The benefits can be substantial, says Dr. Stefan Hoevel.
Even when things look good on paper, it’s always a good idea to test them out in practice.
That’s why we’ve recently been working on an additive manufacturing (AM) project with TRUMPF, which specializes in the development of machine tools and lasers for industrial production, and Heraeus Additive Manufacturing, which has expertise in the production of powder materials.
Our joint servo valve project highlighted benefits not just for us, but for everyone:
New design possibilities
AM can create a whole new approach to design. You can change the housing or another physical aspect of a product in a way that simply wasn’t practical before. In the case of our valve, we could shape the oil flow in ways that weren’t previously possible. And we could reduce product weight by using lattice structures – less important for us in this application, perhaps, but it could make a huge difference to you, especially where equipment in motion is involved.
Better process cohesion
This advanced approach to precision engineering delivers better integration of processes, and greater control over mechanical properties, giving new options on how things work together.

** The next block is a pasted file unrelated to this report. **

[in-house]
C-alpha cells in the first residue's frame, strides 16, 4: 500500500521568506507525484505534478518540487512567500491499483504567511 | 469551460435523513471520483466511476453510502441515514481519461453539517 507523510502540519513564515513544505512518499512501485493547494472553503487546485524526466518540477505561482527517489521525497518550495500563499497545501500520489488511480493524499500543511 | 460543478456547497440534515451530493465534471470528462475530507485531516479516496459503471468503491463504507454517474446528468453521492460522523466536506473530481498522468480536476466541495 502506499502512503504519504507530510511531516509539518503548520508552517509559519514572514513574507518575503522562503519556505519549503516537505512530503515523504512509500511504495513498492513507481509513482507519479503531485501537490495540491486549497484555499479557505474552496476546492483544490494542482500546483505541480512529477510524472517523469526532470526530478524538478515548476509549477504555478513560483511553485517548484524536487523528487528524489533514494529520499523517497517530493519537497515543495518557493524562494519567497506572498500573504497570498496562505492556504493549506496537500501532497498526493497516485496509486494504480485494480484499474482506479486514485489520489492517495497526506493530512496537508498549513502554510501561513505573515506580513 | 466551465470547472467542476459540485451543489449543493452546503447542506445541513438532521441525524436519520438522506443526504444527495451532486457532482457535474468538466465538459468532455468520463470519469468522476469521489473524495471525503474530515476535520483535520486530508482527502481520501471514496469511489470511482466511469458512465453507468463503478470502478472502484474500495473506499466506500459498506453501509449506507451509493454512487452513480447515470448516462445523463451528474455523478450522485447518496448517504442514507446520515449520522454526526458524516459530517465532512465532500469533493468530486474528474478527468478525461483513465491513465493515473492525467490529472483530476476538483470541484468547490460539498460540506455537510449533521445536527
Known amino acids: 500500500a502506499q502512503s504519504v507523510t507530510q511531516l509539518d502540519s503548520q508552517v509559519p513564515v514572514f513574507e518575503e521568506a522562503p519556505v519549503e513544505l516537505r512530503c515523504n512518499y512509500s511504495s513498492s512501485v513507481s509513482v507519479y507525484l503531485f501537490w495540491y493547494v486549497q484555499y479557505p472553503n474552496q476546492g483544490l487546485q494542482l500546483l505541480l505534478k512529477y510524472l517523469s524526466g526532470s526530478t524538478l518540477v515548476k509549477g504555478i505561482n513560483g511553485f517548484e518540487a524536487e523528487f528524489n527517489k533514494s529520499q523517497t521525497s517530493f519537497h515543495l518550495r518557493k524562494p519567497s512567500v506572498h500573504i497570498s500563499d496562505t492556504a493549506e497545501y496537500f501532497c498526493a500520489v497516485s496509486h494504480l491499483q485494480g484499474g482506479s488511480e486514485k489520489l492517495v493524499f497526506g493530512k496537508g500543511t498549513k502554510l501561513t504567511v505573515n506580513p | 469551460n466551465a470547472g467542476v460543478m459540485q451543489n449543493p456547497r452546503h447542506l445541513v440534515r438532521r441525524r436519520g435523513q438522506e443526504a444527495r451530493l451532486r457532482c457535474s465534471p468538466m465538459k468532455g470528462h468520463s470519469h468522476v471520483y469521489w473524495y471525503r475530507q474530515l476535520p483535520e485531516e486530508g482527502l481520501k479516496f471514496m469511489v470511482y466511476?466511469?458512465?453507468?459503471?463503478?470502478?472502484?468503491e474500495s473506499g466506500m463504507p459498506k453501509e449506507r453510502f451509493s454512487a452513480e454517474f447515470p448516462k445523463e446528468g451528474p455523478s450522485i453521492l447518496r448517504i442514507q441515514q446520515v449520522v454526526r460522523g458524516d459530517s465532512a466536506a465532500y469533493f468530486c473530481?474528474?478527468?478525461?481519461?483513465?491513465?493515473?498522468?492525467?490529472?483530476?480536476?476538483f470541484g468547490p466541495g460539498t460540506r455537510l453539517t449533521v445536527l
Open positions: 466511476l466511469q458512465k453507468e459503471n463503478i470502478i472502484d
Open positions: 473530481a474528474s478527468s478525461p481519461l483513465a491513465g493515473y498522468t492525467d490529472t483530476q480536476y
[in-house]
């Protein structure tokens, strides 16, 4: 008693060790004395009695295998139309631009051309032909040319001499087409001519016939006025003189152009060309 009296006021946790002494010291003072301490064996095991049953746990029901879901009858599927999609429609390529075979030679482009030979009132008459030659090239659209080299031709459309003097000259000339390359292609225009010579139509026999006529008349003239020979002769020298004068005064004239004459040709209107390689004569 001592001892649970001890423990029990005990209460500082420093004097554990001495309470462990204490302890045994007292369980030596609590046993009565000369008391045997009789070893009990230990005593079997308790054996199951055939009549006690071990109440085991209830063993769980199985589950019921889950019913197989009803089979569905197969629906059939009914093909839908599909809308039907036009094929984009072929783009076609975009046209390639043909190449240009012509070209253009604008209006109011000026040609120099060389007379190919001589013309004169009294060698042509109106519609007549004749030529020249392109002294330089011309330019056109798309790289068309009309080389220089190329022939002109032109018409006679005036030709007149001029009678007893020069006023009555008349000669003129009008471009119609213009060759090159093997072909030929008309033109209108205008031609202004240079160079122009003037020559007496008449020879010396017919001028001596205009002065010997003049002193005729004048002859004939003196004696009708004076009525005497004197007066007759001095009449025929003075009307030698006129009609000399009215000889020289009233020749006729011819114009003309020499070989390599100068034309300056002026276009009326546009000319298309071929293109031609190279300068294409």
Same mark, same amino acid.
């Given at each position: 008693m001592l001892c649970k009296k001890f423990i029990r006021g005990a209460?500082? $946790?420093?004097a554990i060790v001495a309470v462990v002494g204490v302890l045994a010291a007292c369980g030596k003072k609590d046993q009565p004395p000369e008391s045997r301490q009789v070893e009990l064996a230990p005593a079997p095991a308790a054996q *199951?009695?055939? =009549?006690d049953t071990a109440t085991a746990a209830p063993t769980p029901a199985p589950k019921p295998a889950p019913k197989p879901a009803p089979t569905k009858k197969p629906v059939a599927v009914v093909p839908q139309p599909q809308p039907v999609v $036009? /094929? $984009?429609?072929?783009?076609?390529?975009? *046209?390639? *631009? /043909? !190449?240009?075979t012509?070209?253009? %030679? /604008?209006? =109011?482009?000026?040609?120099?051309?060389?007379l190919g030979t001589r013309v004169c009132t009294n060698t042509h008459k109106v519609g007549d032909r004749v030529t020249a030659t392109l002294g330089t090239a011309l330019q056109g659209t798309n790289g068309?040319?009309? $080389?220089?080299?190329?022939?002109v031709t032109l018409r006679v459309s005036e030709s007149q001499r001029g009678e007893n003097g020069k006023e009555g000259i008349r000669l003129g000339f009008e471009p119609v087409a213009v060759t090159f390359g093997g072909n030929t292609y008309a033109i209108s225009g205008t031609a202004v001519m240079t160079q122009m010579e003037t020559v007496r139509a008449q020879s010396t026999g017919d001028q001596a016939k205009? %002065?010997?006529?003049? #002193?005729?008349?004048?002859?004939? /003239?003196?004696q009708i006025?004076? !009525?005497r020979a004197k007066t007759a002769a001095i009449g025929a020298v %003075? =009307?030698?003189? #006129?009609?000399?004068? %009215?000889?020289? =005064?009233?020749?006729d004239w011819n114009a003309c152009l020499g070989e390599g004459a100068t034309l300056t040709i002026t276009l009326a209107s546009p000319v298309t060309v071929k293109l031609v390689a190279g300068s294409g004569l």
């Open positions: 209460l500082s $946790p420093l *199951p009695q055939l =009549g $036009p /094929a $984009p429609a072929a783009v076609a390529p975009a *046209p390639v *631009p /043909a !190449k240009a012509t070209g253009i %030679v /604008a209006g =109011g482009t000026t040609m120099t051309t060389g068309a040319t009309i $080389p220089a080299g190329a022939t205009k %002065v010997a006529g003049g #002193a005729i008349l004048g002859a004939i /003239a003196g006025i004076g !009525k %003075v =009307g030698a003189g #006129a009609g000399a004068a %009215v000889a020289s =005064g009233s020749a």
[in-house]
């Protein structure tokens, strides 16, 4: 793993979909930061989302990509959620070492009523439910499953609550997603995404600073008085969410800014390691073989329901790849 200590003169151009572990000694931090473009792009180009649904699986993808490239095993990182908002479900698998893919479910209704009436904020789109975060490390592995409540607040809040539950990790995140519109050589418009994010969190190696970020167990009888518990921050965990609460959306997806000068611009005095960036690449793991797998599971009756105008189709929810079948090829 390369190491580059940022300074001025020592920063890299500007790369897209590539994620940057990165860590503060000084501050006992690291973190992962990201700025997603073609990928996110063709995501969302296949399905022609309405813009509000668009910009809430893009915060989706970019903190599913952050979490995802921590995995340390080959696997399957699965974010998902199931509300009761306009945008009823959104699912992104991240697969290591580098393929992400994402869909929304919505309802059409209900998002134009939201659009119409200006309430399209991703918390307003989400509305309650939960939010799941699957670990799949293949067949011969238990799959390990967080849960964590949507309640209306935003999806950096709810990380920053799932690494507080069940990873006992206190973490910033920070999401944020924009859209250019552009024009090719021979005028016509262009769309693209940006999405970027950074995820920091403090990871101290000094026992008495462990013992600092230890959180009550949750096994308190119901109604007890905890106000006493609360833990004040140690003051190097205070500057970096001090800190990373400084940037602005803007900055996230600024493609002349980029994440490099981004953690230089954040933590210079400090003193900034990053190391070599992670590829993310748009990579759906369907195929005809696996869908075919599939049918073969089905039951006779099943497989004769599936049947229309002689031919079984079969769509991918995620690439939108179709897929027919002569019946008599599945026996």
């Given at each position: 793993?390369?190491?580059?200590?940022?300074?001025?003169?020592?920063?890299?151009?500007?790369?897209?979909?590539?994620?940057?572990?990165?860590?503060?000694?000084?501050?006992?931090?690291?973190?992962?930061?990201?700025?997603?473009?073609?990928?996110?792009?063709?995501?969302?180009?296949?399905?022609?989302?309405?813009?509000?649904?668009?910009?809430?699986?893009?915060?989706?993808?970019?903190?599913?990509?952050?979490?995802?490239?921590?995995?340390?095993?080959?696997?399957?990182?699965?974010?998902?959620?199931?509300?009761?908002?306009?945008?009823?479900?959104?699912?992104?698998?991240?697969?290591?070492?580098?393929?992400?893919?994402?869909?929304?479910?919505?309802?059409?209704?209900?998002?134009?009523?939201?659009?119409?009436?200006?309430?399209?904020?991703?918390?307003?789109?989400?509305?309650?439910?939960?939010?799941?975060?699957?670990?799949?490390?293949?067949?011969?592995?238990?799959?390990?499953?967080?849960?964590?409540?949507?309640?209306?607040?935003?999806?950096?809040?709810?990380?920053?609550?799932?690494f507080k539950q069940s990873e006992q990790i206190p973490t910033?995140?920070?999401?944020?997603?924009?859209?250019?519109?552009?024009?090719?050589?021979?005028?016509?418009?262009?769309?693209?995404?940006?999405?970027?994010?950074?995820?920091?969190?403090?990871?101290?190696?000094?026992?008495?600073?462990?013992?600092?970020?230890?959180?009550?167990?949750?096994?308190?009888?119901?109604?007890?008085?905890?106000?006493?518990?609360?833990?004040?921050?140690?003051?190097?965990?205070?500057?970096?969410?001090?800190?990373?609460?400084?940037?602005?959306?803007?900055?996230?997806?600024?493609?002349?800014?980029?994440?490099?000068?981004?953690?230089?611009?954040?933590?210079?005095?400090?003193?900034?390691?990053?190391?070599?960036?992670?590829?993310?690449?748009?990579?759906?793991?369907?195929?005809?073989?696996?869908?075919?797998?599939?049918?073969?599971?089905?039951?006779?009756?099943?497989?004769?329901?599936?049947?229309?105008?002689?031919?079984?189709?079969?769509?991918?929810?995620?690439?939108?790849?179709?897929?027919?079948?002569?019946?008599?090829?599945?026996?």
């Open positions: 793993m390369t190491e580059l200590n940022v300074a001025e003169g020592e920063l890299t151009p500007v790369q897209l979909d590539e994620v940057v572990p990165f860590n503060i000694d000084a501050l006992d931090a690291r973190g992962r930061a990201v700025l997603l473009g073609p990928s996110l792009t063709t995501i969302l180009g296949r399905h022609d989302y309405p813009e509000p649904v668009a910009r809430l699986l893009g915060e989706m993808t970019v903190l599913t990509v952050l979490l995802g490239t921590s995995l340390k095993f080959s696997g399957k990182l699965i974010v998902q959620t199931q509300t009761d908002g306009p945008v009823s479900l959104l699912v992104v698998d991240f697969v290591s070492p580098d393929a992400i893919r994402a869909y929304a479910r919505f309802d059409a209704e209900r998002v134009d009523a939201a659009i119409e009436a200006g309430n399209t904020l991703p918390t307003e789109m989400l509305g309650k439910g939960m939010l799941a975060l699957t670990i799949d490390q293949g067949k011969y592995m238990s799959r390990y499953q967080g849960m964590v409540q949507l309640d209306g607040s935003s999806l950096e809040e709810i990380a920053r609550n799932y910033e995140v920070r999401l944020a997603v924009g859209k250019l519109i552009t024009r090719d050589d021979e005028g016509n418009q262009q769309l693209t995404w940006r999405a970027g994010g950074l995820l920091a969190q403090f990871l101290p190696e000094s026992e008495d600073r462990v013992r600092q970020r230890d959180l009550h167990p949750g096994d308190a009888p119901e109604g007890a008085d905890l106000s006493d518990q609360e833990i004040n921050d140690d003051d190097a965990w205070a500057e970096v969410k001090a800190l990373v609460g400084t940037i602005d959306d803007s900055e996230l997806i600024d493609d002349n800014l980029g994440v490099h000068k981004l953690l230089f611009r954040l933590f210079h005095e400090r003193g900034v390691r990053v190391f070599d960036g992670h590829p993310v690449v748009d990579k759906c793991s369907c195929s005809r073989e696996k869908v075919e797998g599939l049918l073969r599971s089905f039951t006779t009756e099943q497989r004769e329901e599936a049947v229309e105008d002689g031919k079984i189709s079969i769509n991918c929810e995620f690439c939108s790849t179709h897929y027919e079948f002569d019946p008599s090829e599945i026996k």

More manufacturing options
AM techniques can be used to create hybrid models, where bespoke small-run AM variants are laid down on conventional batch-run preformed base layers.
Learn more about additive manufacturing for hydraulic manifolds: How sand turns into a hydraulic manifold
Better and more flexible customer service
With AM, times from set-up to delivery can be reduced from weeks to days – and because of this flexibility, you don’t have to manufacture in volume any more. It’s both possible and practical to produce in one-off batches. It’s a process that makes prototyping even easier and more affordable. Think of the possibilities…
Customer individual products:
Weight and design optimization: